Adaptive Curriculum Changes

Besides tutoring, it’s important to focus on improving the curriculum to suit children with learning gaps. The Understanding America Study (UAS) Education Project aims to reveal the true impact of COVID-19 on American families. It shows that high-quality curriculum materials are key to addressing learning gaps. 

It’s important to ensure your child receives an appropriate curriculum tailored to their learning environment. For example, the curriculum should adapt depending on whether your child is learning online or at school. If you’re home-schooling your child, this is just as important. The curriculum should match the abilities and interests of each student and include appropriate enrichment activities.

Focus on the “Whole Child” 

The pandemic highlights the importance of focusing on the emotional well-being of children rather than simply academically. More precisely, it’s important to address the social and emotional learning of each child as this will in turn help build their academic skills. The New York Times published a report in April 2022 that surveyed the mental health of students during the pandemic according to school counselors. Children who were struggling at home or worried about health, finances, or access to food couldn’t focus fully on schooling. 

The counselors reported students were struggling to find motivation at school. This revealed how emotional health is essential for learning. Schools around the country are spending a portion of their COVID relief funds to hire more counselors to address mental health after the pandemic. As a parent, you can encourage your child to seek emotional support to help address these concerns.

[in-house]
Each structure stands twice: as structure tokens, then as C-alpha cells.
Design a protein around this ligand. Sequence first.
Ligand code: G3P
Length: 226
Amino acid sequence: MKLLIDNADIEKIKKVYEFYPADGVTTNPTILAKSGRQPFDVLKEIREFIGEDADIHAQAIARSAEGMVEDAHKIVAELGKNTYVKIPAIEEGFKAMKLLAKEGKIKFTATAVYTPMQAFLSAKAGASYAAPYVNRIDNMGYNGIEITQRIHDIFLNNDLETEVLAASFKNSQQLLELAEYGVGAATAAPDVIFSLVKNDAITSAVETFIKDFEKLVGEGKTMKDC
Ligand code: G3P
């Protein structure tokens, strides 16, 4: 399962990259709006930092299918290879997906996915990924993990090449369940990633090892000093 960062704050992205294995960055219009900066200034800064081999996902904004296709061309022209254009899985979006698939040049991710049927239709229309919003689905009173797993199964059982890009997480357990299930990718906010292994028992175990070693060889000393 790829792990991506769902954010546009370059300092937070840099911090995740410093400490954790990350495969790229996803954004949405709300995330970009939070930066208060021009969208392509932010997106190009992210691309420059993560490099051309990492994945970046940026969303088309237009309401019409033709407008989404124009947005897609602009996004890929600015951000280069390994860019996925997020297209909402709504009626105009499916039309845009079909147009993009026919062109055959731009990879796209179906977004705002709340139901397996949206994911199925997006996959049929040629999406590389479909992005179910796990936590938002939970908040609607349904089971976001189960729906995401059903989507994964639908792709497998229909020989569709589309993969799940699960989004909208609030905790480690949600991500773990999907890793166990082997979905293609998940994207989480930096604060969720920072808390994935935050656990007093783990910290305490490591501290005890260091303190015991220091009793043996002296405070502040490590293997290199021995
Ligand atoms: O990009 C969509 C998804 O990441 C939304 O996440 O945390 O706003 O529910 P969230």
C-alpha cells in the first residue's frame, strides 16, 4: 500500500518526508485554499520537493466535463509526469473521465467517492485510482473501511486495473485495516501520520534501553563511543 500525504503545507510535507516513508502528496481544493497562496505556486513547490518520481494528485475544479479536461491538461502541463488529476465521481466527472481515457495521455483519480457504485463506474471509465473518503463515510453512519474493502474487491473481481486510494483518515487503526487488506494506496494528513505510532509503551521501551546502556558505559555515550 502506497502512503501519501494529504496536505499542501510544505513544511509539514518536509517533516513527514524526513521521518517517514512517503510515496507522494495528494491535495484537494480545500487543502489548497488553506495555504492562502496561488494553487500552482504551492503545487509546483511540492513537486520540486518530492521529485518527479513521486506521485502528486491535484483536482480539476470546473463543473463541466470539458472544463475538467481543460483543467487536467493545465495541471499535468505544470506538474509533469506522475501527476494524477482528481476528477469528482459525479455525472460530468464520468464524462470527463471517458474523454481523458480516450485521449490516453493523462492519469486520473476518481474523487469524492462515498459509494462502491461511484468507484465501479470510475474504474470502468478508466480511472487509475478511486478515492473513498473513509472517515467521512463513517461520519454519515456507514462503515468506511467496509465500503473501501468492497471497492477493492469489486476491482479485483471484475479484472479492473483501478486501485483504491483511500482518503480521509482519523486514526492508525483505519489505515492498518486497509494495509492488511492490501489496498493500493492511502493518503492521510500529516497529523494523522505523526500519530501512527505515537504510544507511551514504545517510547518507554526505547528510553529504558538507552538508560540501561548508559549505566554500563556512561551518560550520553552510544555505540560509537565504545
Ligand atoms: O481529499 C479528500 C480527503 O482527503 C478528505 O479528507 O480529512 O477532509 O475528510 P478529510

My Child Is Two Years Behind in School, What Do I Do?

If your child is falling behind in school, this may indicate a potential learning disability or developmental delay. These could include conditions like dyslexia, ADHD, or autism spectrum disorders. An unstable home life, lack of access to resources, or inadequate support systems can also play a role. Medical interventions can be significant in helping children catch up. For example, testing, diagnosing, and treating underlying learning disabilities can give you and your child appropriate support for these specific challenges. 

Behavioral therapies, medication management, or specialized educational programs can also be a part of the solution. Psychological support can help your child cope with any emotional distress from academic struggles and help build resilience and confidence. Practical tools, such as tutoring, after-school programs, or educational technology can provide supplemental support for helping your child catch up. Individualized education plans (IEPs) can outline specific goals and accommodations tailored to your child’s needs.  

Seek Professional Support

As a parent, you play a key role in helping your child navigate the challenges of returning to in-person learning and addressing COVID-19 learning gaps. By identifying areas of struggle, creating a structured learning environment, providing emotional support, and setting realistic goals, you can help them overcome learning gaps and thrive academically. Need more help? Contact NeuroHealth Arlington Heights, Illinois. We can work together with you, your child, and your child’s school to identify any potential struggles and bridge the COVID-19 learning gaps to help your child reach their full potential. 

Photo by Kelly Sikkema on Unsplash

NeuroHealth Arlington Heights

About the author

For over 20 years, NeuroHealth Arlington Heights has been offering neuropsychological and psychological assessments and treatments for people of all ages. These assessments and treatments address Behavioral, Emotional, & Social Issues, Neurocognitive Functions, and Neurodevelopmental Growth.